Annual Review of Entomology (2014) 59, 559-581
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Movement of entomophagous arthropods in agricultural landscapes: Links to pest suppression
Annual Review of Entomology 59, 559-581
Abstract: Entomophagous arthropods can provide valuable biological control services, but they need to fulfill their life cycle in agricultural landscapes often dominated by ephemeral and disturbed habitats. In this environment, movement is critical to escape from disturbances and to find resources scattered in space and time. Despite considerable research effort in documenting species movement and spatial distribution patterns, the quantification of arthropod movement has been hampered by their small size and the variety of modes of movement that can result in redistribution at different spatial scales. In addition, insight into how movement influences in-field population processes and the associated biocontrol services is limited because emigration and immigration are often confounded with local-scale population processes. More detailed measurements of the habitat functionality and movement processes are needed to better understand the interactions between species movement traits, disturbances, the landscape context, and the potential for entomophagous arthropods to suppress economically important pests.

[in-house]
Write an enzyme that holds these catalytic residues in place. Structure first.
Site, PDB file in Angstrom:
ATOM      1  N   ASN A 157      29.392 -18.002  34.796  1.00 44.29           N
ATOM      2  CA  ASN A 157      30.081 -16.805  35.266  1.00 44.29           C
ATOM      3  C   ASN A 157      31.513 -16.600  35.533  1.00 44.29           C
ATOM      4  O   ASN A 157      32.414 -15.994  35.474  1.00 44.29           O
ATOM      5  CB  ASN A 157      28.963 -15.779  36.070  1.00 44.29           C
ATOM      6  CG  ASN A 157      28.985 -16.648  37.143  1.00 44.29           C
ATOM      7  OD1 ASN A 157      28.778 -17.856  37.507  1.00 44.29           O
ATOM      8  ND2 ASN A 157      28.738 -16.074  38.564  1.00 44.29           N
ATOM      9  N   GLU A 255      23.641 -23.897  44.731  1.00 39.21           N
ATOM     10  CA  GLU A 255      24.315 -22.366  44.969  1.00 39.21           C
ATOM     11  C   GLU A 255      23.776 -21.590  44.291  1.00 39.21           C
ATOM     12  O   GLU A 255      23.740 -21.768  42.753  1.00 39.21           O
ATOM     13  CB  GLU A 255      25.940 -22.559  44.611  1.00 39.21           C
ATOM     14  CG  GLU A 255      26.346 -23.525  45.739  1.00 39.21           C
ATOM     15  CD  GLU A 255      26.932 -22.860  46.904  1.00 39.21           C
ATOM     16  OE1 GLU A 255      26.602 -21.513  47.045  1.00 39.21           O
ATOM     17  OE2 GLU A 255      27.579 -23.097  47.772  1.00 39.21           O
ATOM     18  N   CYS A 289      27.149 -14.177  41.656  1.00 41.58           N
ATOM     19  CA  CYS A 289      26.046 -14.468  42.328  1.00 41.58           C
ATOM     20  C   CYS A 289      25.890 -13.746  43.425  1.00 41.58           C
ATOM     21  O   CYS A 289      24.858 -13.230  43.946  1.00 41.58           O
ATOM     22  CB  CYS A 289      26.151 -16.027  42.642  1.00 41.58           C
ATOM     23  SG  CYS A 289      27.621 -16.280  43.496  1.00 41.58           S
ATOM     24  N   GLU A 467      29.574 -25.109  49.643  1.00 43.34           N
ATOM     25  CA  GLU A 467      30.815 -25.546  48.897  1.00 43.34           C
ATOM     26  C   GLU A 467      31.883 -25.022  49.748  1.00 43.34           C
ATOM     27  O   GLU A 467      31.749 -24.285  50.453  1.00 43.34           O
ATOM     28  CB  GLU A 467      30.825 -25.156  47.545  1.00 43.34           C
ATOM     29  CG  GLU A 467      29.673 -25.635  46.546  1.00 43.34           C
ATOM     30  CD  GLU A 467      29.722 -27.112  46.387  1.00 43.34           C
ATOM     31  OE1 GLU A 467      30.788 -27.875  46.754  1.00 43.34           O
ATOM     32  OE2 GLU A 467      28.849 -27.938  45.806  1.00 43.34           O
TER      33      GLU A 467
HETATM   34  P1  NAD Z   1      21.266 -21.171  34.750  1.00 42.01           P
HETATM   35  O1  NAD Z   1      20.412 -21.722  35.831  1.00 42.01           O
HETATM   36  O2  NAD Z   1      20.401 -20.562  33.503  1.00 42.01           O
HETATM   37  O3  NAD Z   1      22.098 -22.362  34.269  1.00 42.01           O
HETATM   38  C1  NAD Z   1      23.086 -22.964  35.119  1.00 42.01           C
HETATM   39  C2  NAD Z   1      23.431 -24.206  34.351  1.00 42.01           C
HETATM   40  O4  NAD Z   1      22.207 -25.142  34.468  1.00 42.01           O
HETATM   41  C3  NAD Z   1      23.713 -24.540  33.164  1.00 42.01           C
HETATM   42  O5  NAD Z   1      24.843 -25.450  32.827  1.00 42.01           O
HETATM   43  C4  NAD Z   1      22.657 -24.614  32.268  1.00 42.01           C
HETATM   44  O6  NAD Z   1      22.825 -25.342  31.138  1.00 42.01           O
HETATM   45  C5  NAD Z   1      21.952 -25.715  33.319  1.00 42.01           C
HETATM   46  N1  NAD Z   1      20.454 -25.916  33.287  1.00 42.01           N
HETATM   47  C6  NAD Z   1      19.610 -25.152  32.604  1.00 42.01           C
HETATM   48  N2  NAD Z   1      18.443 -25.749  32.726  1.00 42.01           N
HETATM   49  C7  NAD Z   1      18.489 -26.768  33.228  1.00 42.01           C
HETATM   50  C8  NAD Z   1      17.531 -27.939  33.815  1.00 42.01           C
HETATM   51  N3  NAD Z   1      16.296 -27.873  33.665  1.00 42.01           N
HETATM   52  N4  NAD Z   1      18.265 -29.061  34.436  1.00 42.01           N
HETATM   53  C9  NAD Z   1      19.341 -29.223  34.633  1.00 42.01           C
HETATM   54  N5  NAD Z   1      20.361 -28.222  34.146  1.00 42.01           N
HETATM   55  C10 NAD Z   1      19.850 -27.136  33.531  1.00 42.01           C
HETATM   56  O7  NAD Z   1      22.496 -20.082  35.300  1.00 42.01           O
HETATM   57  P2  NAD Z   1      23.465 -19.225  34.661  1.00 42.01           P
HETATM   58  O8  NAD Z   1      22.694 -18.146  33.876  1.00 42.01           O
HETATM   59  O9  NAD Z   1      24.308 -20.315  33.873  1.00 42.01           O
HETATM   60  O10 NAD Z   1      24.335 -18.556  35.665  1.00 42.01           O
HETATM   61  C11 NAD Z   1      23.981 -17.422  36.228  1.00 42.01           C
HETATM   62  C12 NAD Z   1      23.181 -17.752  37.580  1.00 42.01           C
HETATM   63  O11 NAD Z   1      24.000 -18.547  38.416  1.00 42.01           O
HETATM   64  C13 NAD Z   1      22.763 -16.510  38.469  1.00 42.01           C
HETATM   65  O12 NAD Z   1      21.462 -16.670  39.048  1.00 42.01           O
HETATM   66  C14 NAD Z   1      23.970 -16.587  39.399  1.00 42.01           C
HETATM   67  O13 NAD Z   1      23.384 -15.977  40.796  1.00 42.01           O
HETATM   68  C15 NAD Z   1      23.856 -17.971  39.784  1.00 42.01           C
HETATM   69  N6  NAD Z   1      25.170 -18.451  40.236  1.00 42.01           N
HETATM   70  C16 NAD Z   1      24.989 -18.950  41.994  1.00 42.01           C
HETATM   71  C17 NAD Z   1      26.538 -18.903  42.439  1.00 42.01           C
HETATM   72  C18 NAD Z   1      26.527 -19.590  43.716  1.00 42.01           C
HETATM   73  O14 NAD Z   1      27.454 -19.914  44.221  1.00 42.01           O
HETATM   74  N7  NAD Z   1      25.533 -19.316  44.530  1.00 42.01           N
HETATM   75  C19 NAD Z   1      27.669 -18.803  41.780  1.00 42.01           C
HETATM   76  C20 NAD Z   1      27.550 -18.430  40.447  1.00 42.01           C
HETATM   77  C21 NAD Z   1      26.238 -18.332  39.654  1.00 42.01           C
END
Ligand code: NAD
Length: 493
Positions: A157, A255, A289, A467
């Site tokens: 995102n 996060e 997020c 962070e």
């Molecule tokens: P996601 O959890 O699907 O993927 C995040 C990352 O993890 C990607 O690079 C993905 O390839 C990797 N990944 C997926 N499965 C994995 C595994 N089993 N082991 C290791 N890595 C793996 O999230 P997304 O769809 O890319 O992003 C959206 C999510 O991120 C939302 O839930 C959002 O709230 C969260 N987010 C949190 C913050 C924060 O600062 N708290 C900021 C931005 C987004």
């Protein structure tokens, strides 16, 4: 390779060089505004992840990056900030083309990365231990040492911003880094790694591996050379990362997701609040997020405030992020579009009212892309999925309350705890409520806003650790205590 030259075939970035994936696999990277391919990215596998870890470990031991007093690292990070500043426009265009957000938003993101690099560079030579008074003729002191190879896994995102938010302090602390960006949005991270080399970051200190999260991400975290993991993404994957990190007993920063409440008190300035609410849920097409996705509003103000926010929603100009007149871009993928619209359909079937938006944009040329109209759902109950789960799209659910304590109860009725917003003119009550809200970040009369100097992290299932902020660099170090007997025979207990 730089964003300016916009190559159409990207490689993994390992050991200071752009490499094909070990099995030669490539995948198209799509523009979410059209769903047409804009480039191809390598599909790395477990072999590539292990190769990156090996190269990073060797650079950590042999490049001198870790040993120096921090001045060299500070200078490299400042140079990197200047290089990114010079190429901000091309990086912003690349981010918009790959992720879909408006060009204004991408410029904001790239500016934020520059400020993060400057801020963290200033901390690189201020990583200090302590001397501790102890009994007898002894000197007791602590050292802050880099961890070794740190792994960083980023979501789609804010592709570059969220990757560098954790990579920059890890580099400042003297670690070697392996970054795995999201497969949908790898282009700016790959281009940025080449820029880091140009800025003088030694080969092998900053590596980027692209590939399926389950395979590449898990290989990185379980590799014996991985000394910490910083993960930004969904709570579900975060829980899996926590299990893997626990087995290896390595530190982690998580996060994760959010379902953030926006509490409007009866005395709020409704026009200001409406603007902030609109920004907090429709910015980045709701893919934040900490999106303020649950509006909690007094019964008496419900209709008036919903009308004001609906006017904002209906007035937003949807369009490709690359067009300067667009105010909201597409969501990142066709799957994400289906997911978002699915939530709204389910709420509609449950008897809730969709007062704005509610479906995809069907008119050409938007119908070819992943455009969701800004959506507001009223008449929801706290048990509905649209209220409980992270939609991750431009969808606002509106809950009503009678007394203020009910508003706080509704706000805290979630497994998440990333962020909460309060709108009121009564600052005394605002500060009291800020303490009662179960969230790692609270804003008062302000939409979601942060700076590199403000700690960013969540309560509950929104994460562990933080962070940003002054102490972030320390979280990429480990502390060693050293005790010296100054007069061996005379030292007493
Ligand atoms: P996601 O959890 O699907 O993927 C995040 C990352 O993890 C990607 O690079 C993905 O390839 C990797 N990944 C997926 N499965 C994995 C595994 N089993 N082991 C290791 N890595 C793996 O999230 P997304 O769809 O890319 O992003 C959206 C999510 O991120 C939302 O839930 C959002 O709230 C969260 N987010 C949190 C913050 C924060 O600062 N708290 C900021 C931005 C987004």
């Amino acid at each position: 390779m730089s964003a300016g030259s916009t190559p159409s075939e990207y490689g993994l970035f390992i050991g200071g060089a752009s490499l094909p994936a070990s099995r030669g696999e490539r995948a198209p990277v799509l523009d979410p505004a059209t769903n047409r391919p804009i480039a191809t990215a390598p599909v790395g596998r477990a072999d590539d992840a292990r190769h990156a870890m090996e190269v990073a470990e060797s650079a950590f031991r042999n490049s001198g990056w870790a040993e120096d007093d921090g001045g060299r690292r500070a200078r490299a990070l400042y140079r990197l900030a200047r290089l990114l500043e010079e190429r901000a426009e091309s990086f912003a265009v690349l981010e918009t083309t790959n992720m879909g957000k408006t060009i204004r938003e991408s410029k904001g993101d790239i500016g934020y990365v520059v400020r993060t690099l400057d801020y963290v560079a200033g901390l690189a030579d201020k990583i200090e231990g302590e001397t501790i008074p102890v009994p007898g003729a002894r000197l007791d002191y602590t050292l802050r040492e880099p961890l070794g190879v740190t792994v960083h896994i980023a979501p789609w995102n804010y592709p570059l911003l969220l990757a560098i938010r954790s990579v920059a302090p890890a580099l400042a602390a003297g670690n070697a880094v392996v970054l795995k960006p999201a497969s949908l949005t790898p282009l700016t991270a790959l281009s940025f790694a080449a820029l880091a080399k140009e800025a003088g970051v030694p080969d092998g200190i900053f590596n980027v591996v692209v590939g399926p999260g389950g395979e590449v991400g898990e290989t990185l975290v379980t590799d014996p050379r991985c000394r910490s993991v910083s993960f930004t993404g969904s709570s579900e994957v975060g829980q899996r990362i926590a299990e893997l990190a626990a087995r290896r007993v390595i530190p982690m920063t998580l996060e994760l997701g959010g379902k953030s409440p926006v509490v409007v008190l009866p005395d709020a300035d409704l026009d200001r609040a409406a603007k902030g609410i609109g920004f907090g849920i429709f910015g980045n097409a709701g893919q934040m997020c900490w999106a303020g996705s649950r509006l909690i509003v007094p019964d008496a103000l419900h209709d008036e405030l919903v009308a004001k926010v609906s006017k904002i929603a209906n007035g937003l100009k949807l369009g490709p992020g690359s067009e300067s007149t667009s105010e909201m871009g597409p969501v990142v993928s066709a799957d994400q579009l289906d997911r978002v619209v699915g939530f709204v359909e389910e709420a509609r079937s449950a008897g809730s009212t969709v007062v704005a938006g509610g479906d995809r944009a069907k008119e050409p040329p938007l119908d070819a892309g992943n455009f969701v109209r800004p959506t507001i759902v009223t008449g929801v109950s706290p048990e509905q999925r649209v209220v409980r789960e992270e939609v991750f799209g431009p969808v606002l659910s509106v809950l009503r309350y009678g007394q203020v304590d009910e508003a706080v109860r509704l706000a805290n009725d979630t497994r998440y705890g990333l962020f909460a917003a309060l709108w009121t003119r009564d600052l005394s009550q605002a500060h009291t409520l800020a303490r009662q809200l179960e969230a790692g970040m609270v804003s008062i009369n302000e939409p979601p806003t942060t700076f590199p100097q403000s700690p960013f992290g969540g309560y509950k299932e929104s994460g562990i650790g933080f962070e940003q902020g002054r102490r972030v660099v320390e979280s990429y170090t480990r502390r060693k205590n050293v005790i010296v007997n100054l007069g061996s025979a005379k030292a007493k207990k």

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Link to article at publishers website
Database assignments for author(s): Felix J.J.A. Bianchi, Cynthia L. Hsu, Nancy A. Schellhorn
Research topic(s) for pests/diseases/weeds:
biocontrol - natural enemies
Research topic(s) for beneficials or antagonists:
Pest and/or beneficial records: